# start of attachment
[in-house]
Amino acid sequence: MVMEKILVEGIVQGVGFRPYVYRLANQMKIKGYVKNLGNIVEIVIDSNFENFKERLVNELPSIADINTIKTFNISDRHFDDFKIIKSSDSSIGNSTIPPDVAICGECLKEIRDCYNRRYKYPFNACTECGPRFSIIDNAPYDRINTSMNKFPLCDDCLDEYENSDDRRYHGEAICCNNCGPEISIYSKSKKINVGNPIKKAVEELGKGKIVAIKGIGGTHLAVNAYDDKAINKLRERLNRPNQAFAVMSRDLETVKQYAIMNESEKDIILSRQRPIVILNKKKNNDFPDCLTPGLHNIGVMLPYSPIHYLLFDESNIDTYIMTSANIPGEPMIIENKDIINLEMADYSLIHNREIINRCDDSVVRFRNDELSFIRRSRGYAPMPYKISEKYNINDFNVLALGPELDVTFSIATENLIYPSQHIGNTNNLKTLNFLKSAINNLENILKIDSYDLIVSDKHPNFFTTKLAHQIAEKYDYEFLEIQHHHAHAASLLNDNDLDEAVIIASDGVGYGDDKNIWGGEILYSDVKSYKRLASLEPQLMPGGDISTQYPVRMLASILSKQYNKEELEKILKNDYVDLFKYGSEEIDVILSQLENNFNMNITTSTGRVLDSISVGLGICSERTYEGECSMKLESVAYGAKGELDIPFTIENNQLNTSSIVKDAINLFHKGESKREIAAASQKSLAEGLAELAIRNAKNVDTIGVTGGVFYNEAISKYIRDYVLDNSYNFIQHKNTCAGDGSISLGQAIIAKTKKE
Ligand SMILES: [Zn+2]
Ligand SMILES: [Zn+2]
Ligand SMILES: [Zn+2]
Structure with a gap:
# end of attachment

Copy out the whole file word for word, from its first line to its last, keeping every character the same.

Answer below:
[in-house]
Amino acid sequence: MVMEKILVEGIVQGVGFRPYVYRLANQMKIKGYVKNLGNIVEIVIDSNFENFKERLVNELPSIADINTIKTFNISDRHFDDFKIIKSSDSSIGNSTIPPDVAICGECLKEIRDCYNRRYKYPFNACTECGPRFSIIDNAPYDRINTSMNKFPLCDDCLDEYENSDDRRYHGEAICCNNCGPEISIYSKSKKINVGNPIKKAVEELGKGKIVAIKGIGGTHLAVNAYDDKAINKLRERLNRPNQAFAVMSRDLETVKQYAIMNESEKDIILSRQRPIVILNKKKNNDFPDCLTPGLHNIGVMLPYSPIHYLLFDESNIDTYIMTSANIPGEPMIIENKDIINLEMADYSLIHNREIINRCDDSVVRFRNDELSFIRRSRGYAPMPYKISEKYNINDFNVLALGPELDVTFSIATENLIYPSQHIGNTNNLKTLNFLKSAINNLENILKIDSYDLIVSDKHPNFFTTKLAHQIAEKYDYEFLEIQHHHAHAASLLNDNDLDEAVIIASDGVGYGDDKNIWGGEILYSDVKSYKRLASLEPQLMPGGDISTQYPVRMLASILSKQYNKEELEKILKNDYVDLFKYGSEEIDVILSQLENNFNMNITTSTGRVLDSISVGLGICSERTYEGECSMKLESVAYGAKGELDIPFTIENNQLNTSSIVKDAINLFHKGESKREIAAASQKSLAEGLAELAIRNAKNVDTIGVTGGVFYNEAISKYIRDYVLDNSYNFIQHKNTCAGDGSISLGQAIIAKTKKE
Ligand SMILES: [Zn+2]
Ligand SMILES: [Zn+2]
Ligand SMILES: [Zn+2]
Structure with a gap: